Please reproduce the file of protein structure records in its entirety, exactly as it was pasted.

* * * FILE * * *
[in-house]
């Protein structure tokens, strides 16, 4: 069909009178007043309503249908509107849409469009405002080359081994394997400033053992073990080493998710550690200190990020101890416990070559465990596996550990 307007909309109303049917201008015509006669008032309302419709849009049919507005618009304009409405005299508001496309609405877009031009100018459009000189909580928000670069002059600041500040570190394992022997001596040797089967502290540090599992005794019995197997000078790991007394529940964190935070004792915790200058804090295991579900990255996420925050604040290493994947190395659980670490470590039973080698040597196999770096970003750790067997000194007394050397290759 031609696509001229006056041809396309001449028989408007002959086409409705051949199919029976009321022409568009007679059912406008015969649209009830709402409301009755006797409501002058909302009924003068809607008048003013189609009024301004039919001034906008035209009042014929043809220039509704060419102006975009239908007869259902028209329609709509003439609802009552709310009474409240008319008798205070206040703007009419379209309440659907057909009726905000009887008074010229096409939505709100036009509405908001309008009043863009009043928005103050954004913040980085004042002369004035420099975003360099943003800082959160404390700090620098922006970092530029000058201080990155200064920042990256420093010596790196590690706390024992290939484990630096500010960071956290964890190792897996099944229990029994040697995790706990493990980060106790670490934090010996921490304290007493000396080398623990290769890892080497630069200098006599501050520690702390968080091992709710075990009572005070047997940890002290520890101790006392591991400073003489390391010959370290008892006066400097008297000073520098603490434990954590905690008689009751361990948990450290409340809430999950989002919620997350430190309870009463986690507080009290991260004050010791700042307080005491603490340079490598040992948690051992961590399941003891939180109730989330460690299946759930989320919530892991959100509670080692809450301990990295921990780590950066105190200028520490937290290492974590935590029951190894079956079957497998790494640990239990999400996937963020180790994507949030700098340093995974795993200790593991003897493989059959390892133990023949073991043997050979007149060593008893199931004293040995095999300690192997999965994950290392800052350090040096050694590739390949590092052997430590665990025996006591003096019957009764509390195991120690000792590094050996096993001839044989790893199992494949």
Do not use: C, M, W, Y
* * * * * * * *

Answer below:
[in-house]
């Protein structure tokens, strides 16, 4: 069909009178007043309503249908509107849409469009405002080359081994394997400033053992073990080493998710550690200190990020101890416990070559465990596996550990 307007909309109303049917201008015509006669008032309302419709849009049919507005618009304009409405005299508001496309609405877009031009100018459009000189909580928000670069002059600041500040570190394992022997001596040797089967502290540090599992005794019995197997000078790991007394529940964190935070004792915790200058804090295991579900990255996420925050604040290493994947190395659980670490470590039973080698040597196999770096970003750790067997000194007394050397290759 031609696509001229006056041809396309001449028989408007002959086409409705051949199919029976009321022409568009007679059912406008015969649209009830709402409301009755006797409501002058909302009924003068809607008048003013189609009024301004039919001034906008035209009042014929043809220039509704060419102006975009239908007869259902028209329609709509003439609802009552709310009474409240008319008798205070206040703007009419379209309440659907057909009726905000009887008074010229096409939505709100036009509405908001309008009043863009009043928005103050954004913040980085004042002369004035420099975003360099943003800082959160404390700090620098922006970092530029000058201080990155200064920042990256420093010596790196590690706390024992290939484990630096500010960071956290964890190792897996099944229990029994040697995790706990493990980060106790670490934090010996921490304290007493000396080398623990290769890892080497630069200098006599501050520690702390968080091992709710075990009572005070047997940890002290520890101790006392591991400073003489390391010959370290008892006066400097008297000073520098603490434990954590905690008689009751361990948990450290409340809430999950989002919620997350430190309870009463986690507080009290991260004050010791700042307080005491603490340079490598040992948690051992961590399941003891939180109730989330460690299946759930989320919530892991959100509670080692809450301990990295921990780590950066105190200028520490937290290492974590935590029951190894079956079957497998790494640990239990999400996937963020180790994507949030700098340093995974795993200790593991003897493989059959390892133990023949073991043997050979007149060593008893199931004293040995095999300690192997999965994950290392800052350090040096050694590739390949590092052997430590665990025996006591003096019957009764509390195991120690000792590094050996096993001839044989790893199992494949």
Do not use: C, M, W, Y